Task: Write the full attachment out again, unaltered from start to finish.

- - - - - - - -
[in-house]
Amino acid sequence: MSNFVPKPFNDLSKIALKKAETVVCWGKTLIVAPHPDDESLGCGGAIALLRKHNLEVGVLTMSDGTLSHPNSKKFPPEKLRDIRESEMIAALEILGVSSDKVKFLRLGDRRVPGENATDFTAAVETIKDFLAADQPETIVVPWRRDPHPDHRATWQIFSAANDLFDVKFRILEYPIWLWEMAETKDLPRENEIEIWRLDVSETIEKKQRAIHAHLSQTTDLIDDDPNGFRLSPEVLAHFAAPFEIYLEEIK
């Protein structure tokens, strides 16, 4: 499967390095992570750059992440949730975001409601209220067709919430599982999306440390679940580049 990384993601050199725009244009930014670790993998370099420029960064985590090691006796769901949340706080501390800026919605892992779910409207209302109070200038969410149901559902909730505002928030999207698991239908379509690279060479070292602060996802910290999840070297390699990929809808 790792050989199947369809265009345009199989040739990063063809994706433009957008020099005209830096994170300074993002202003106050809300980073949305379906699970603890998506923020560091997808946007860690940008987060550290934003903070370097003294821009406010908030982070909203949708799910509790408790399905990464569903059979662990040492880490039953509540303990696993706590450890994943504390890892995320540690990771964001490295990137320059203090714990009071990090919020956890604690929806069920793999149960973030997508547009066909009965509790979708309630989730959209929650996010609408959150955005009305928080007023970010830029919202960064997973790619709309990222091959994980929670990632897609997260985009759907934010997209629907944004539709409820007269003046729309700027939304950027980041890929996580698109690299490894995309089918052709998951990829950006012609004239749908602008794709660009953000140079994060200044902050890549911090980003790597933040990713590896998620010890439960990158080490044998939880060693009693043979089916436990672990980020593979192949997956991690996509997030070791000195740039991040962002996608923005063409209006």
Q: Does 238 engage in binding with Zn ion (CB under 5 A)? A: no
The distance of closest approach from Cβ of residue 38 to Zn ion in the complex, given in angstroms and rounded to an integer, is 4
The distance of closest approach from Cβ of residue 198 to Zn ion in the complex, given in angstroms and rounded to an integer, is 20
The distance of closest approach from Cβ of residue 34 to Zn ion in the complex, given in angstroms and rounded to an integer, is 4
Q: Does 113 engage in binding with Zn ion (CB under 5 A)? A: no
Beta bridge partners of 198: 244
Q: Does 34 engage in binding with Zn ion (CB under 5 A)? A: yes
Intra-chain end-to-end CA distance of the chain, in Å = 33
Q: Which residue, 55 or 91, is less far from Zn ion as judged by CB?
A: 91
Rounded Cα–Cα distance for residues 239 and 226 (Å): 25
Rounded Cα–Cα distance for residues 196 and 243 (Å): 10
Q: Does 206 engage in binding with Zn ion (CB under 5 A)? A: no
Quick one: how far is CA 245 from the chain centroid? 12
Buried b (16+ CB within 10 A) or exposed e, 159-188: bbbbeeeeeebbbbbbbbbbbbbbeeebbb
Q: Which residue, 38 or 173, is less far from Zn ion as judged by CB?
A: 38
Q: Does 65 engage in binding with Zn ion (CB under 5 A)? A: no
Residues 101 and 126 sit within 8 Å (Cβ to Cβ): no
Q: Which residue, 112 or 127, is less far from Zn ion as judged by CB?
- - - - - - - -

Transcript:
[in-house]
Amino acid sequence: MSNFVPKPFNDLSKIALKKAETVVCWGKTLIVAPHPDDESLGCGGAIALLRKHNLEVGVLTMSDGTLSHPNSKKFPPEKLRDIRESEMIAALEILGVSSDKVKFLRLGDRRVPGENATDFTAAVETIKDFLAADQPETIVVPWRRDPHPDHRATWQIFSAANDLFDVKFRILEYPIWLWEMAETKDLPRENEIEIWRLDVSETIEKKQRAIHAHLSQTTDLIDDDPNGFRLSPEVLAHFAAPFEIYLEEIK
């Protein structure tokens, strides 16, 4: 499967390095992570750059992440949730975001409601209220067709919430599982999306440390679940580049 990384993601050199725009244009930014670790993998370099420029960064985590090691006796769901949340706080501390800026919605892992779910409207209302109070200038969410149901559902909730505002928030999207698991239908379509690279060479070292602060996802910290999840070297390699990929809808 790792050989199947369809265009345009199989040739990063063809994706433009957008020099005209830096994170300074993002202003106050809300980073949305379906699970603890998506923020560091997808946007860690940008987060550290934003903070370097003294821009406010908030982070909203949708799910509790408790399905990464569903059979662990040492880490039953509540303990696993706590450890994943504390890892995320540690990771964001490295990137320059203090714990009071990090919020956890604690929806069920793999149960973030997508547009066909009965509790979708309630989730959209929650996010609408959150955005009305928080007023970010830029919202960064997973790619709309990222091959994980929670990632897609997260985009759907934010997209629907944004539709409820007269003046729309700027939304950027980041890929996580698109690299490894995309089918052709998951990829950006012609004239749908602008794709660009953000140079994060200044902050890549911090980003790597933040990713590896998620010890439960990158080490044998939880060693009693043979089916436990672990980020593979192949997956991690996509997030070791000195740039991040962002996608923005063409209006």
Q: Does 238 engage in binding with Zn ion (CB under 5 A)? A: no
The distance of closest approach from Cβ of residue 38 to Zn ion in the complex, given in angstroms and rounded to an integer, is 4
The distance of closest approach from Cβ of residue 198 to Zn ion in the complex, given in angstroms and rounded to an integer, is 20
The distance of closest approach from Cβ of residue 34 to Zn ion in the complex, given in angstroms and rounded to an integer, is 4
Q: Does 113 engage in binding with Zn ion (CB under 5 A)? A: no
Beta bridge partners of 198: 244
Q: Does 34 engage in binding with Zn ion (CB under 5 A)? A: yes
Intra-chain end-to-end CA distance of the chain, in Å = 33
Q: Which residue, 55 or 91, is less far from Zn ion as judged by CB?
A: 91
Rounded Cα–Cα distance for residues 239 and 226 (Å): 25
Rounded Cα–Cα distance for residues 196 and 243 (Å): 10
Q: Does 206 engage in binding with Zn ion (CB under 5 A)? A: no
Quick one: how far is CA 245 from the chain centroid? 12
Buried b (16+ CB within 10 A) or exposed e, 159-188: bbbbeeeeeebbbbbbbbbbbbbbeeebbb
Q: Which residue, 38 or 173, is less far from Zn ion as judged by CB?
A: 38
Q: Does 65 engage in binding with Zn ion (CB under 5 A)? A: no
Residues 101 and 126 sit within 8 Å (Cβ to Cβ): no
Q: Which residue, 112 or 127, is less far from Zn ion as judged by CB?